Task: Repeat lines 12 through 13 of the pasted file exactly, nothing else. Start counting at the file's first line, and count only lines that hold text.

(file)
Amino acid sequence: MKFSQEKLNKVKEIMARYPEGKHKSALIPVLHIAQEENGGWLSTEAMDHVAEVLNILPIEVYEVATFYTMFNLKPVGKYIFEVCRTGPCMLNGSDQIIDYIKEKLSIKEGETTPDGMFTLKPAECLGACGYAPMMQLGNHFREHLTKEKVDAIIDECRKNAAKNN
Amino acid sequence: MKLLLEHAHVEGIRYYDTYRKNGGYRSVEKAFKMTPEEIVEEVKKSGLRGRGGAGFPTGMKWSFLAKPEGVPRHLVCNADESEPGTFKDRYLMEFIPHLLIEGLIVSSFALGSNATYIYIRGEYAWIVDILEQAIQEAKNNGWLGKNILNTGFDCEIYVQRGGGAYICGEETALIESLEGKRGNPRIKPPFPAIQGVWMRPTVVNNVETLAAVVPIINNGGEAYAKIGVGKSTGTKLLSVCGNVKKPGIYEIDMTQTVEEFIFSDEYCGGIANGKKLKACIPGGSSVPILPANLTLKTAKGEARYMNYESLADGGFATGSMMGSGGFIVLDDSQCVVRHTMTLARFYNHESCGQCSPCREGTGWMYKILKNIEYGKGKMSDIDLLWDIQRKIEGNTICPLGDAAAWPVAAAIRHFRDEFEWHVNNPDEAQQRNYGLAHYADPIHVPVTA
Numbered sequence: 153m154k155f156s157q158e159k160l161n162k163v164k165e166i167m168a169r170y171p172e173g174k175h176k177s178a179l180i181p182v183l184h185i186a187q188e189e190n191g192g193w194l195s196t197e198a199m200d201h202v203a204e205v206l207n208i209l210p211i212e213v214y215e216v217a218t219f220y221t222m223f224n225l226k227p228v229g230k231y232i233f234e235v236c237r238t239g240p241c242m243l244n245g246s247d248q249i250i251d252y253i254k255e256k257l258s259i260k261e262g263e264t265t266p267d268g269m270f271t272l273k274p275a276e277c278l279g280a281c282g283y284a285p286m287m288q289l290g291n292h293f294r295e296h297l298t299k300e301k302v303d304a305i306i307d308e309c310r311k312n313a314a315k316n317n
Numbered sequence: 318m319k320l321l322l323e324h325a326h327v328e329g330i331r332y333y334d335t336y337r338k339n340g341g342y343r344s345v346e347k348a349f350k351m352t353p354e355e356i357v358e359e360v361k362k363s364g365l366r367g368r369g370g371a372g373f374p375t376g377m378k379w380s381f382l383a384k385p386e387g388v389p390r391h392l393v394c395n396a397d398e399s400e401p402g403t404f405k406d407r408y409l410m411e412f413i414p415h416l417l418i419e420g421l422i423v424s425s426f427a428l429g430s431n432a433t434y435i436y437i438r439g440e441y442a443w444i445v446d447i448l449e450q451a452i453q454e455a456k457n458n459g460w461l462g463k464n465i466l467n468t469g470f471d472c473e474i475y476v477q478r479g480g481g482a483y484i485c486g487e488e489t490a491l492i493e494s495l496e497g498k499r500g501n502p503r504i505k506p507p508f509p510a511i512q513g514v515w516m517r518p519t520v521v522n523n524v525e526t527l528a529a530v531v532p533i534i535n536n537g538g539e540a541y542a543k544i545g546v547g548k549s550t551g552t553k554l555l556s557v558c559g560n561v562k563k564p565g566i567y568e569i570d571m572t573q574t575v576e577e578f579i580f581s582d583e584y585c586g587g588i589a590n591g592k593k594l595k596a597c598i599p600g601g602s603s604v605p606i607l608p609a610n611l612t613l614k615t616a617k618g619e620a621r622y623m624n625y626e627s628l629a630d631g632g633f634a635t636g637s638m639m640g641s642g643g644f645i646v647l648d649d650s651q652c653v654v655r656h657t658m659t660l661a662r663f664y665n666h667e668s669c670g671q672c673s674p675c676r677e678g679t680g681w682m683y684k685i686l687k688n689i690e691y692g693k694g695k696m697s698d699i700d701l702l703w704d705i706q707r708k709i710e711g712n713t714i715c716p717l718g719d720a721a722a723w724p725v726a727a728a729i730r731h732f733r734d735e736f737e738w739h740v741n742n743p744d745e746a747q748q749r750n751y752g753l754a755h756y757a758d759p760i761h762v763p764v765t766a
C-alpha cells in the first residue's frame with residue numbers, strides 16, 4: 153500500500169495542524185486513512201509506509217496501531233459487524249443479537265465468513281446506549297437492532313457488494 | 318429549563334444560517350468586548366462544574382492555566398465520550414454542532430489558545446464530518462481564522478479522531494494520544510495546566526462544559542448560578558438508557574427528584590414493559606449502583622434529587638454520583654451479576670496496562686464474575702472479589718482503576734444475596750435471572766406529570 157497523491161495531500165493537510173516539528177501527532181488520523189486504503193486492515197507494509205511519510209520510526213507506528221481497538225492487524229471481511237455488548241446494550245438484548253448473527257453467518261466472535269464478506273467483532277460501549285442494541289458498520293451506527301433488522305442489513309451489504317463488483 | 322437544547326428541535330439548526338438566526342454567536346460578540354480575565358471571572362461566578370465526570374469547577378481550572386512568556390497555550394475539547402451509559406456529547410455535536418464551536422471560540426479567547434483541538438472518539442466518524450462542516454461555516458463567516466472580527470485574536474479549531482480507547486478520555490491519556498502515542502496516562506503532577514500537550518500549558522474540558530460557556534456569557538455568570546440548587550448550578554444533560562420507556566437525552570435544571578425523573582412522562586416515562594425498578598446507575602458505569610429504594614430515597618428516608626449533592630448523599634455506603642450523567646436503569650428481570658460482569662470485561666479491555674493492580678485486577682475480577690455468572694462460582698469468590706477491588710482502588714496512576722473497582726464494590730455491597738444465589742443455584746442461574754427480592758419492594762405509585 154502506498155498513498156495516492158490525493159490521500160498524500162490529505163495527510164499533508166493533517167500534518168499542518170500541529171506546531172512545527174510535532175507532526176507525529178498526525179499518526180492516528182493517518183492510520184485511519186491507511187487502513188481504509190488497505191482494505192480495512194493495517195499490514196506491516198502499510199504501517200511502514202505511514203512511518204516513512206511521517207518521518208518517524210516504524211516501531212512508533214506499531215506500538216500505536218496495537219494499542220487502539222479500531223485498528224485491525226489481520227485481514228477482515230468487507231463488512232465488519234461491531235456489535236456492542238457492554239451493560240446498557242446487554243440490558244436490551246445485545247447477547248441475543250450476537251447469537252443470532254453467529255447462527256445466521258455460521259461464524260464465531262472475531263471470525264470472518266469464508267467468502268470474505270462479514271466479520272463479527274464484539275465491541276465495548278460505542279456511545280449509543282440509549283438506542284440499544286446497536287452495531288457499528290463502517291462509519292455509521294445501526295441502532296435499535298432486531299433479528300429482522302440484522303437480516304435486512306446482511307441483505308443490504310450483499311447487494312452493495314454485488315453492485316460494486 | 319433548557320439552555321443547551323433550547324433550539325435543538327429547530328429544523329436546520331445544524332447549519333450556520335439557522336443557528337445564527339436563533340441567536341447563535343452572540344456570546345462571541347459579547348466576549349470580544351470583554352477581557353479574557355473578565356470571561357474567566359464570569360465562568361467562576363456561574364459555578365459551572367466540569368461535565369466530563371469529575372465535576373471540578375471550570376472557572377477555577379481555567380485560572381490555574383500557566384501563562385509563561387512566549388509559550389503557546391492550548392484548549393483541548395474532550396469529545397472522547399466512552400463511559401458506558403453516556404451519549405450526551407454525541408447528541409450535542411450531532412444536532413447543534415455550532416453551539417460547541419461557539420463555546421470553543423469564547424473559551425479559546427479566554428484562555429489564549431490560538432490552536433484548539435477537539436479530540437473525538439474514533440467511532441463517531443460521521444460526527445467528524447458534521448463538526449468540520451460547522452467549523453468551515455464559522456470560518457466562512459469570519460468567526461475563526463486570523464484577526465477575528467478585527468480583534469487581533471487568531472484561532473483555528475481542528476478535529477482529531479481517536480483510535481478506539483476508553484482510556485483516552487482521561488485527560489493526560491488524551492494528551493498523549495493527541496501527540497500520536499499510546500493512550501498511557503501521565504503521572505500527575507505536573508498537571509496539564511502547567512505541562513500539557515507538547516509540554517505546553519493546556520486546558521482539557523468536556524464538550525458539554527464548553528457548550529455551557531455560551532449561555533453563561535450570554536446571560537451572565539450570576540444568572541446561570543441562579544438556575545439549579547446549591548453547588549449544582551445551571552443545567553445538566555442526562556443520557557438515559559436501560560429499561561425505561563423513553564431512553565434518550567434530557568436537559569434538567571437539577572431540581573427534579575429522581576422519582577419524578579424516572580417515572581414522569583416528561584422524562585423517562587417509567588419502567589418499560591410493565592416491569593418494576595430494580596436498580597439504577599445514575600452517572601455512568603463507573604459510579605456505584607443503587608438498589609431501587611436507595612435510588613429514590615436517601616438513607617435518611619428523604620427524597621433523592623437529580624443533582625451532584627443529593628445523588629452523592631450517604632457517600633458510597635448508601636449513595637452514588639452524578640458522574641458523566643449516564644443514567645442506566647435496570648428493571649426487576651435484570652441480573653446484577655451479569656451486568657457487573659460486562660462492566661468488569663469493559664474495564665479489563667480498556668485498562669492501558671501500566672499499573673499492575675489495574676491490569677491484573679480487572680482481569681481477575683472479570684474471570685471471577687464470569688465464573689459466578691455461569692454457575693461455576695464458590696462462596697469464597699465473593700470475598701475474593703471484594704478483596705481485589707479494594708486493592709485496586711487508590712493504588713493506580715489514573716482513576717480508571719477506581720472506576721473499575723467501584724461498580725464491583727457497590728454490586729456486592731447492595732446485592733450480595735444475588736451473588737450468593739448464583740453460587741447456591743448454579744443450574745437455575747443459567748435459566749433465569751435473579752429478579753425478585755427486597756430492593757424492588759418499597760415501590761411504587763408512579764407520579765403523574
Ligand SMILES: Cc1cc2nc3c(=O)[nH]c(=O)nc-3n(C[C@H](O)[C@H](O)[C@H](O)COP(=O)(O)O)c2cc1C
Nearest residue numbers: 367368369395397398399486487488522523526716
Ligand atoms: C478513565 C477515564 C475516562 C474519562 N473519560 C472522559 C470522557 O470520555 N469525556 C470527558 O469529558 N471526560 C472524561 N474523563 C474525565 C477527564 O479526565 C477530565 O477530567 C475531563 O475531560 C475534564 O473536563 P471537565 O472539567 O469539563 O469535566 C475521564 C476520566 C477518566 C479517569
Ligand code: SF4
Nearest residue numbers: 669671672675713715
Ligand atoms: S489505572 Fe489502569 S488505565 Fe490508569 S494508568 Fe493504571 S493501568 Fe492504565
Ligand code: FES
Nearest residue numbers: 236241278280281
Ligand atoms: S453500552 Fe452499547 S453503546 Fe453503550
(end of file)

Ligand code: FES
Nearest residue numbers: 236241278280281